A deep strain of tribal politics is dividing societies around the globe. Organized religions are also coping with scandals, disappointments, and polarizing ideologies. The history of Christianity reveals that such frictions deeply wound the church. Fr. Richard S. Vosko recognizes that liturgical buildings are metaphorical expressions of the people of God. He proposes, in a relational way, that when all physical and psychological boundaries in a place of worship are removed people will discover a common ground. Building on theological foundations and design principles, Vosko envisions what an egalitarian "servant church" can look like. In a bold but thoughtful manner, he presents progressive insights into the fields of church art and architecture.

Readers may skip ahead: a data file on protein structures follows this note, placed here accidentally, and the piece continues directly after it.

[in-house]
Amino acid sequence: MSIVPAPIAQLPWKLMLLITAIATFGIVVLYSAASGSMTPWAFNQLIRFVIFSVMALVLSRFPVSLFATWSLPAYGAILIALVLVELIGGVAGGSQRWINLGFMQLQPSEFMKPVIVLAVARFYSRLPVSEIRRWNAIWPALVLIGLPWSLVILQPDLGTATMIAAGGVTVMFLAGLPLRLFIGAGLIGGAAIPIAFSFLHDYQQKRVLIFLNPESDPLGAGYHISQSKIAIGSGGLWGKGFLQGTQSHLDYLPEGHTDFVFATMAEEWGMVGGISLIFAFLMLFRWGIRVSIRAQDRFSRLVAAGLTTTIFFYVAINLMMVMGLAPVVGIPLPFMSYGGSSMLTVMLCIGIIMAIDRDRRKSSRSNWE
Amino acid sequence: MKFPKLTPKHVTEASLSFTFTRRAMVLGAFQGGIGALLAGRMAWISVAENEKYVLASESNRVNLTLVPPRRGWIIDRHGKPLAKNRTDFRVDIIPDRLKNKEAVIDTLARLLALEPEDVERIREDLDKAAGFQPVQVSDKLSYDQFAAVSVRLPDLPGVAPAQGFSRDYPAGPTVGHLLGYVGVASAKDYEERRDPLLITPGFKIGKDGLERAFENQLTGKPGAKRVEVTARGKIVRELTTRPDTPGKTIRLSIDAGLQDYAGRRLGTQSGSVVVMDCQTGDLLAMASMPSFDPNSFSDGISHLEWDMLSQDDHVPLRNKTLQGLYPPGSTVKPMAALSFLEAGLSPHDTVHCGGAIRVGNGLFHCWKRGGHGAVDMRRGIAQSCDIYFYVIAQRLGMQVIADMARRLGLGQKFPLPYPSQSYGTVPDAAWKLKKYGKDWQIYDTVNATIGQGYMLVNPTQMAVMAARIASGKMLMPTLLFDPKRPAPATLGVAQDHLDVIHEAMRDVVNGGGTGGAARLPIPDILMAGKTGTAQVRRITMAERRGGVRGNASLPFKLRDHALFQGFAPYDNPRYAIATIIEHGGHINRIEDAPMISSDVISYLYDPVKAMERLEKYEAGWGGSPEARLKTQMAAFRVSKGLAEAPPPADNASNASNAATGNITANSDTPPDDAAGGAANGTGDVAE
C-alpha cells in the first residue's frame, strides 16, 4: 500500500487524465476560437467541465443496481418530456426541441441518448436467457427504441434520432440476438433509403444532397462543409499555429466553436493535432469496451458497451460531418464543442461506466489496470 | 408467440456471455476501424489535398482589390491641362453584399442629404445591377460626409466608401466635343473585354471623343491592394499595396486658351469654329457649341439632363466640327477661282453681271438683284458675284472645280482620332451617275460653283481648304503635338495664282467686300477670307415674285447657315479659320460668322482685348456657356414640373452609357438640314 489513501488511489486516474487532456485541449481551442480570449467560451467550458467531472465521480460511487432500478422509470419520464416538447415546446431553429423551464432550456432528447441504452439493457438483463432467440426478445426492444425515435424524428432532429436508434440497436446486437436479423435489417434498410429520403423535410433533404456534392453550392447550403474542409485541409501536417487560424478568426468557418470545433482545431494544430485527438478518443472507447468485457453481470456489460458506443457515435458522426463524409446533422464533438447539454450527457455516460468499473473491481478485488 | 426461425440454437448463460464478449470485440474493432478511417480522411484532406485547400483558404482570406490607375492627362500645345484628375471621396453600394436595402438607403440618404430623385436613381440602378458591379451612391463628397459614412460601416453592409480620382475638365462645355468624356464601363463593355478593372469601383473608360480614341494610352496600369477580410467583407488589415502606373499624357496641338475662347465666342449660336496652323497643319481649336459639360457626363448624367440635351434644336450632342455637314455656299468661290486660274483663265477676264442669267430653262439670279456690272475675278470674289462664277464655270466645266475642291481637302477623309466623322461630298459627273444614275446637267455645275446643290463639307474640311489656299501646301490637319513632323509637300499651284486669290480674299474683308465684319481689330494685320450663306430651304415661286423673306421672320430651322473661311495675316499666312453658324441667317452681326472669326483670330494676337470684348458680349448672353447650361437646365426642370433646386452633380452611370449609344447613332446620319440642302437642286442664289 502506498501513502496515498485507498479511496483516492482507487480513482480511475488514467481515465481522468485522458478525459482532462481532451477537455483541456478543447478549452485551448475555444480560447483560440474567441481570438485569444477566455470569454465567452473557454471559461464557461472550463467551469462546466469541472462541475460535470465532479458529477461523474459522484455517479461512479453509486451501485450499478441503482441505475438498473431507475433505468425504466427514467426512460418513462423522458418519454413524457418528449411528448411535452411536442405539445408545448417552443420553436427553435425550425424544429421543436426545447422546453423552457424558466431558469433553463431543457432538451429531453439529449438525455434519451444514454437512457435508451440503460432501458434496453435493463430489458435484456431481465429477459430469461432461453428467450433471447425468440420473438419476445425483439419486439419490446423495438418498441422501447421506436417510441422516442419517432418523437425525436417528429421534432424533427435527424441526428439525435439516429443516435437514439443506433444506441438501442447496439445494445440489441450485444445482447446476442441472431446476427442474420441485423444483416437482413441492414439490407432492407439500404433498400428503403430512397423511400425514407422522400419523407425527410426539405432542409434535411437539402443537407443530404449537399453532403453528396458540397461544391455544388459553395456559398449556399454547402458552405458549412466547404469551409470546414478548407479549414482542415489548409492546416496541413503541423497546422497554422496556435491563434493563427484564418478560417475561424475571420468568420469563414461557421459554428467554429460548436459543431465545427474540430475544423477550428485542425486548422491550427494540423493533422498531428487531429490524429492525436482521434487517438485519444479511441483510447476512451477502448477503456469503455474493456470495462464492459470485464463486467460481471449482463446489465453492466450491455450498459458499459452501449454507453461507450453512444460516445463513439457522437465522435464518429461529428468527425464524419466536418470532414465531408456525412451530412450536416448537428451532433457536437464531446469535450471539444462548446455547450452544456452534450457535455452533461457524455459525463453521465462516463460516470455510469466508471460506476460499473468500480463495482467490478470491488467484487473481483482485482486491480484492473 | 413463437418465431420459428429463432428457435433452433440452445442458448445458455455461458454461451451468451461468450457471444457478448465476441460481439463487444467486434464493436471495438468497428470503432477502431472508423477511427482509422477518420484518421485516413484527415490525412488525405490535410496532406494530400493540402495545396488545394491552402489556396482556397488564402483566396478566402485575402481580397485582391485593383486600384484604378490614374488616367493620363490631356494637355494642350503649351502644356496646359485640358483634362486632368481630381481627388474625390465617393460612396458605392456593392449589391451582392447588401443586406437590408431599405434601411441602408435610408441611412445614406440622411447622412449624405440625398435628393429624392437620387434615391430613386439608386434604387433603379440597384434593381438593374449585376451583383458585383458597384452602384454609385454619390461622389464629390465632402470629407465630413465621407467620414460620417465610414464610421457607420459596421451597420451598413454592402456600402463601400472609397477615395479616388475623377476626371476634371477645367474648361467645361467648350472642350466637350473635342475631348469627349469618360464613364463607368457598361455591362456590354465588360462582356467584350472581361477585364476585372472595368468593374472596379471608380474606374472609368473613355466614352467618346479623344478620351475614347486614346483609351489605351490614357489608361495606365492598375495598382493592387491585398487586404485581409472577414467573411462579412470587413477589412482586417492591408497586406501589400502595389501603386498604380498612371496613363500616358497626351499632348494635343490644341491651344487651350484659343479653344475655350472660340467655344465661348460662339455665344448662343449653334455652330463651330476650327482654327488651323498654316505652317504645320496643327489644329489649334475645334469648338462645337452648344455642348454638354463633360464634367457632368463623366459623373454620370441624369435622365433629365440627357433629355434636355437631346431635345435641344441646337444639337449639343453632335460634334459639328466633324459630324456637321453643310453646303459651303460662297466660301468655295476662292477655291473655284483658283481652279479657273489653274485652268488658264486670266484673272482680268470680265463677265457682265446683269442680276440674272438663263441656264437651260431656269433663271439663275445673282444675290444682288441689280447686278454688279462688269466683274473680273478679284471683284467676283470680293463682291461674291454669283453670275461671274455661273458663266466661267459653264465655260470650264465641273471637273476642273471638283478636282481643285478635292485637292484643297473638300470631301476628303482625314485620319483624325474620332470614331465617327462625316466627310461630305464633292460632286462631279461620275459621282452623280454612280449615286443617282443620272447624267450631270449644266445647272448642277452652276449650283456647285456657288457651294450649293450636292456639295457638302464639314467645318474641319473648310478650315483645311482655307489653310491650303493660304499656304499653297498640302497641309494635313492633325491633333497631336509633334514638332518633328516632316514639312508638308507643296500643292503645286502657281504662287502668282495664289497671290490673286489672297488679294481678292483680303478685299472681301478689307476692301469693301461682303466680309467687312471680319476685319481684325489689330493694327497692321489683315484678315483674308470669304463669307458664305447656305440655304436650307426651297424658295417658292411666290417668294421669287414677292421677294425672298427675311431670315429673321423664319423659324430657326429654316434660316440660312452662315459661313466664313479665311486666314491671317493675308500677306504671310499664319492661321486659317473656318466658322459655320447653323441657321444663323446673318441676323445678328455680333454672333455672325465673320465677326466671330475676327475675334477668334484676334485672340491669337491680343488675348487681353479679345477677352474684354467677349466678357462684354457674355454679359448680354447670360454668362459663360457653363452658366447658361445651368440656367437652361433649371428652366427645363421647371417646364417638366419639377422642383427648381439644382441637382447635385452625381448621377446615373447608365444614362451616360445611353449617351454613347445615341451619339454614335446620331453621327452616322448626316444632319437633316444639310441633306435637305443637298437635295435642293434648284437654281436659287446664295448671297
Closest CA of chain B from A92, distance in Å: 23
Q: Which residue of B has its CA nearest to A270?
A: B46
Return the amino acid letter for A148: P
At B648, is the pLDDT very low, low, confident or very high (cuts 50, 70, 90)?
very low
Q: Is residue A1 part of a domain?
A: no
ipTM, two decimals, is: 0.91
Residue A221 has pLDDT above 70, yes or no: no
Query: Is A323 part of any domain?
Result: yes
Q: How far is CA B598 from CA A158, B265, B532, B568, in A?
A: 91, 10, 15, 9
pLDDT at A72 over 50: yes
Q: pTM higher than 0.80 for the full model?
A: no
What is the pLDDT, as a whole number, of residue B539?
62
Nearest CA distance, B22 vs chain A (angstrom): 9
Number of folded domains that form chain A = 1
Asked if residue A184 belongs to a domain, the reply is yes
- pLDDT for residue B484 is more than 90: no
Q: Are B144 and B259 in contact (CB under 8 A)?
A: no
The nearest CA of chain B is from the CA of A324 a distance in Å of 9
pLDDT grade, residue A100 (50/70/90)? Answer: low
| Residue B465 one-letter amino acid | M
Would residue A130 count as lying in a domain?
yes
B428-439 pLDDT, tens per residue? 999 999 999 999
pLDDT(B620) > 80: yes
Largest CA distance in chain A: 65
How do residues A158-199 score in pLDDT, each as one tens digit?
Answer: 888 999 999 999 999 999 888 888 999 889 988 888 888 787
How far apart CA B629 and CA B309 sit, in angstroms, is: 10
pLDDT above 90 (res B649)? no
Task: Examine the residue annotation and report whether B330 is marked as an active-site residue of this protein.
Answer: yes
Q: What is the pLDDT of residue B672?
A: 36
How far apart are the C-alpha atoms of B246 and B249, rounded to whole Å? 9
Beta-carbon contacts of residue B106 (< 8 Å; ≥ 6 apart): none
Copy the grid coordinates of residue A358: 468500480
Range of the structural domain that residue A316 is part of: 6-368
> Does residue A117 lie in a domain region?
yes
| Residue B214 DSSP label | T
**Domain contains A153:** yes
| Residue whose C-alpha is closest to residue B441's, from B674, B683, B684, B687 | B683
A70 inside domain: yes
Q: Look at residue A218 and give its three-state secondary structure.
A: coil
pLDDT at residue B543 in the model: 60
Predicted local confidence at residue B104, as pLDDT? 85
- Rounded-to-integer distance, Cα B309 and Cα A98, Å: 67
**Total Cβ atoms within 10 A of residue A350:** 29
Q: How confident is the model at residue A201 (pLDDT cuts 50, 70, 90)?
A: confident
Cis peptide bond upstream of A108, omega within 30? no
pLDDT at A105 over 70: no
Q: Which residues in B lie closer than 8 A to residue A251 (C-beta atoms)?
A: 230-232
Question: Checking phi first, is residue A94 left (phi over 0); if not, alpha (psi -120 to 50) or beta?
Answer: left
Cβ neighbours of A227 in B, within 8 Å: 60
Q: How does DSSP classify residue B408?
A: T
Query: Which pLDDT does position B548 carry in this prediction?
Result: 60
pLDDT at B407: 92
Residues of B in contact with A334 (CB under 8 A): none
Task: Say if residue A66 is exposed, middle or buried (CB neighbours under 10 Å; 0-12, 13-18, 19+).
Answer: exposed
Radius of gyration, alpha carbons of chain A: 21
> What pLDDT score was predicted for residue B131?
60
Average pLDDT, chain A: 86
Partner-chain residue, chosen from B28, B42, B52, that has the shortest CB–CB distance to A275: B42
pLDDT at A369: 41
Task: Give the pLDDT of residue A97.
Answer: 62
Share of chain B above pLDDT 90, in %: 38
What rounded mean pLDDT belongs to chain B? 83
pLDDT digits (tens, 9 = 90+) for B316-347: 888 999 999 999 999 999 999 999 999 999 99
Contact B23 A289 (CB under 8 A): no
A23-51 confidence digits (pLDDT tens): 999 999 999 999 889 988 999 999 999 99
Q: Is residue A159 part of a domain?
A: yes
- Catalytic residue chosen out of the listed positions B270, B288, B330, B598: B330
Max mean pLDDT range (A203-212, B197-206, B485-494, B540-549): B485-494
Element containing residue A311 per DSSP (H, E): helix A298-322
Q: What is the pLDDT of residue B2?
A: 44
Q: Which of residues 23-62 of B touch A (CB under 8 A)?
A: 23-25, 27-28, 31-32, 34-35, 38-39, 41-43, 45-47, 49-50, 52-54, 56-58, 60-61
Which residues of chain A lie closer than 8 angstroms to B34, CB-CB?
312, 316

Richard S. Vosko, PhD, is a priest of the Roman Catholic Diocese of Albany and has worked internationally as a liturgical designer and consultant since 1970. His award-winning portfolio includes 135 churches, 13 cathedrals, and innumerable synagogue consultations. Vosko is an honorary member of the American Institute of Architects and is a well-known author and lecturer on religion, art, and architecture.